If there is ever an excuse that could be used for greater government intervention it is the bankruptcy of a company. I don’t think I need to go into great detail, but only to refer to the current players in the economic crisis. The pending bankruptcy of Emfesz gives the Hungarian government the excuse for further involvement in the energy sector.
The insolvency of Emfesz, as reported, was widely assumed to be coming, since the inability of Emfesz’s previous owner Dmytro Firtash to access his cheap gas stored in the Ukraine in January 2009. Before then, he was undercutting retail market prices by around 10%. However, in April 2009, he then lost his company to RosGas through a Swiss engineered corporate takeover for $1.00. It is speculated that Gazprom was behind this takeover. This last statement maybe should be rephrased to consider that maybe it was just a faction in Gazprom/Russian oligarchy circles that pulled it off. Because it is clear now, the move was unsustainable (I think parallels could be drawn with the Russian takeover/near bankruptcy of MALEV).
After the Rosgas takeover, it was unclear where Emfesz would buy gas. But then, as media reports show, a new deal was struck between Emfesz and E.On in which the gas would be purchased from E.ON’s Hungarian gas storage company, E.ON Földgáz Trade Zrt. However, the delivery of gas from the upstream supplier Gazprom would be carried out by the previously established Panrusgaz. This company is a joint venture of Gazprom Export (including its subsidiary Centrex Hungaria Zrt.) and E.ON Ruhrgas. Therefore, it seemed that everyone could be a winner. However, it then became clear that the price Emfesz was paying for the gas was essentially the same price as other market participants – even E.ON itself. But Emfesz was still offering lower prices. Not even Russian or Hungarian accounting tricks could make this company viable with this strategy.
So we end up with Emfesz owing several billions of Forints. There are two things to consider, first, the Hungarian authorities were probably letting this drag out to see how negotiations with the Russians went this past November. Since nothing happened (as I predicted in October 2010), the Hungarians are now taking the logical step that a government and regulator must take. Revoke the license. This of course, can also be used to send a signal to the Russians, as the Hungarians are probably mad that nothing did come out of the November meeting between the Prime Ministers Putin and Orban. In a way it is a pithy response, if it is one at all, just as shooting a lame horse is sometimes the only response.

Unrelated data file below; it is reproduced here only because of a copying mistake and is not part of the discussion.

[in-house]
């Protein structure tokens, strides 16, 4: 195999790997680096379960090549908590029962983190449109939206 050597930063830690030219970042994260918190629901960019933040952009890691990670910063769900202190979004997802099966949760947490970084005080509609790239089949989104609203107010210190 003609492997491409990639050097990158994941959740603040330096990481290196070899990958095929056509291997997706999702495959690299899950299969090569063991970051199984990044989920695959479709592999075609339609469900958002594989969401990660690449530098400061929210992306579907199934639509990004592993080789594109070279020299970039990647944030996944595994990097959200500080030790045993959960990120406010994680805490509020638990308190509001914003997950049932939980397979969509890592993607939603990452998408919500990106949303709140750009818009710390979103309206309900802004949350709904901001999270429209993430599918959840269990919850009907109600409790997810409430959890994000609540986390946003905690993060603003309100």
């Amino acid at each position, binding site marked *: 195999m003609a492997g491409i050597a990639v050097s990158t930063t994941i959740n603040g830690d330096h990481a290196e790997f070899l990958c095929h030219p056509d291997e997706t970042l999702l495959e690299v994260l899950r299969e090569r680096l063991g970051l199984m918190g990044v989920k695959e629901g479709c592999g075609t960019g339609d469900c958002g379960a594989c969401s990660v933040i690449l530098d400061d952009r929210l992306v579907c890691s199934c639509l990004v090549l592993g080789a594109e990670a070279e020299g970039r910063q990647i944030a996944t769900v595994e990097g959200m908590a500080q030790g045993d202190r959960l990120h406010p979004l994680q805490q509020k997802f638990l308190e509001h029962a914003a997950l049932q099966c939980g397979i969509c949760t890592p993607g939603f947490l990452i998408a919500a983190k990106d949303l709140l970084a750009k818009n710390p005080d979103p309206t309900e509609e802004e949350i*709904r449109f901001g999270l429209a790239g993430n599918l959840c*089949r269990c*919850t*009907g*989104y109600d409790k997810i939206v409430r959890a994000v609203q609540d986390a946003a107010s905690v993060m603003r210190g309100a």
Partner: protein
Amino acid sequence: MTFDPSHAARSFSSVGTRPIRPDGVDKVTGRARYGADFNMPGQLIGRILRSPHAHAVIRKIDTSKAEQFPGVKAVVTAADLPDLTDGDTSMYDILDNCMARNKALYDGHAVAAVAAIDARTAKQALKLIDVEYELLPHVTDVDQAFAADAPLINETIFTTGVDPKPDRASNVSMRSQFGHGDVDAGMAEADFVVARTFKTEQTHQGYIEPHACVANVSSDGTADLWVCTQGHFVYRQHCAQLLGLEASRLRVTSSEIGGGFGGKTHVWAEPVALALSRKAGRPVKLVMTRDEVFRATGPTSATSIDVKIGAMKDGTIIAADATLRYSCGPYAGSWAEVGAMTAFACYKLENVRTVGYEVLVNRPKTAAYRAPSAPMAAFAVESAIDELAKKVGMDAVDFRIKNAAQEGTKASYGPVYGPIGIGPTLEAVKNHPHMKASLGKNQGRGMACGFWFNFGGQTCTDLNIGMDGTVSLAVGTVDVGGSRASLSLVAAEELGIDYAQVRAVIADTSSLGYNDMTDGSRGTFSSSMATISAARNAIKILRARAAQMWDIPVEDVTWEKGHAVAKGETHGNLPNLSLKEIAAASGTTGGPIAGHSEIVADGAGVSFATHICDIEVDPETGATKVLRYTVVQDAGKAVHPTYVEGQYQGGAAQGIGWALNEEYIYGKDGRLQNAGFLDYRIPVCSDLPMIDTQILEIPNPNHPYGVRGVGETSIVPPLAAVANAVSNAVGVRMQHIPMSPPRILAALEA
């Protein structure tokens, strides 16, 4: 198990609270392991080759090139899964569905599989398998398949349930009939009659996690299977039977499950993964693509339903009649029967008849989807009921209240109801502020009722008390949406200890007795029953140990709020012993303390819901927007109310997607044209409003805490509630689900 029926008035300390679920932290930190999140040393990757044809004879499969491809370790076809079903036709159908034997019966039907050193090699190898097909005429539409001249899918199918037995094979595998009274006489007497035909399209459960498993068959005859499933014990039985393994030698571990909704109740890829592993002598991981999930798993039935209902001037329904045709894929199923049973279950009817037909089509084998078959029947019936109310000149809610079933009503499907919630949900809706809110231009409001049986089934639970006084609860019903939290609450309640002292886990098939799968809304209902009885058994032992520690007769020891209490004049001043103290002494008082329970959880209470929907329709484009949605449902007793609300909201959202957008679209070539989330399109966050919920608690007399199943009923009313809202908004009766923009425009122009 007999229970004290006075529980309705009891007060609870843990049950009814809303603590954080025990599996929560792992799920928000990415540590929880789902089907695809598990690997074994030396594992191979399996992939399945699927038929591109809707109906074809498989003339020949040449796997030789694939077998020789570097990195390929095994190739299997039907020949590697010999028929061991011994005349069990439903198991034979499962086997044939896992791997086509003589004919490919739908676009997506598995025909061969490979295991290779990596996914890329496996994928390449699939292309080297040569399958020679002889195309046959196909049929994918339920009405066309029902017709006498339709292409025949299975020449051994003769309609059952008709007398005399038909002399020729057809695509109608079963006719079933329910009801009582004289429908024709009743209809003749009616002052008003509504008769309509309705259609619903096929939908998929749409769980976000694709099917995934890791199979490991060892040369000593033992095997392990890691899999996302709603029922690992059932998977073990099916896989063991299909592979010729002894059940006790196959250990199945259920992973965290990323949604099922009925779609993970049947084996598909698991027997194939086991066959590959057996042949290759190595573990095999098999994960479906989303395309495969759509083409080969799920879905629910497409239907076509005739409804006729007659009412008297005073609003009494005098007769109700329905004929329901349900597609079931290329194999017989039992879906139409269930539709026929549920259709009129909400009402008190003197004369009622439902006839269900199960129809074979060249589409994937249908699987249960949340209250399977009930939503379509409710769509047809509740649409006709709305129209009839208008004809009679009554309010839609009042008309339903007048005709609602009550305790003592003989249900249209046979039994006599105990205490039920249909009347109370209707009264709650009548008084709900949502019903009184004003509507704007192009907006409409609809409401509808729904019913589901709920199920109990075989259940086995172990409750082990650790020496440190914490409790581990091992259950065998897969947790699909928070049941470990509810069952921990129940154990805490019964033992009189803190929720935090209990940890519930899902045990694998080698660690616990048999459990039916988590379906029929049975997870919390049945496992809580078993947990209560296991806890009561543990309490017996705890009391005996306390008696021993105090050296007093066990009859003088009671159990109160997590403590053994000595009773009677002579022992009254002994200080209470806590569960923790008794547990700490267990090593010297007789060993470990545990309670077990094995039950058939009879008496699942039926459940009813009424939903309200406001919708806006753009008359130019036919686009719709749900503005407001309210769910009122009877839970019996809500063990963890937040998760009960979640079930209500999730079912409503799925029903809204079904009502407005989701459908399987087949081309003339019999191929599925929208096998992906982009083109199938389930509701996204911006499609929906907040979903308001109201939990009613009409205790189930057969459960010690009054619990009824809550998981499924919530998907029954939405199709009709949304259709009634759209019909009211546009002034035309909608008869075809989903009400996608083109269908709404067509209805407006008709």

The closing down of Emfesz and using it to send a message to the Russians is probably not the best way to capitalize on the bankruptcy of an already weak company. Rather, the Hungarian government (and here is another prediction) will be using this event to highlight the dangers of allowing private companies to operate in the energy sector. Of course there are some inconsistencies in this, since they have imposed the tax on energy company revenues and labeled it a ‘temporary crisis tax-which-soon-will-be-a-permanent-tax,’ due to the profitability of energy companies. But this is unimportant.
Energy companies in Hungary are already on ‘no investment mode’ after the imposition of the ‘crisis tax’ and because of the inability to raise rates to match commodity and wholesale energy price increases. Therefore, the government is undermining necessary infrastructure investments and the basic financial health of energy companies. Why should a German firm (or any company) incur losses because they cannot even pass along wholesale market price increases? Particularly, when the increase is partially the result of a weaker Forint and the rise of government risk ratings.
The government will spin the bankruptcy of Emfesz as an indication that private investors threaten the countries security of supply, and if they are not being paid high profits for their services then they are not interested. When the current private energy companies try to leave Hungary citing ill financial health, the government will engineer their exit on favorable terms for the state (there are some international treaties that protect private investment and these have to be softly walked over).
With some (not all will be able to leave) significant government ownership, the Orban government will realize its objective of imposing state ownership over the countries energy assets – and somehow keep prices low. (I actually feel crazy writing this as a government objective – but it is logically based on actions and statements of this government). As owners, the government can figure out how to pay for gas at higher market rates and the lower rates that homeowners and (SME) businesses pay. But by then, the pension money will be spent and Hungary’s credit rating will be in the garbage.
With the removal of foreign owners, control over the media cemented, Hungary will (somehow) be a strong country. However, just as the Russians in Emfesz couldn’t figure out how to break a fundamental economic rule of profits and losses, the Hungarian government won’t be able to break this rule either. It is just too bad that the Hungarian people will have to deal with the aftermath.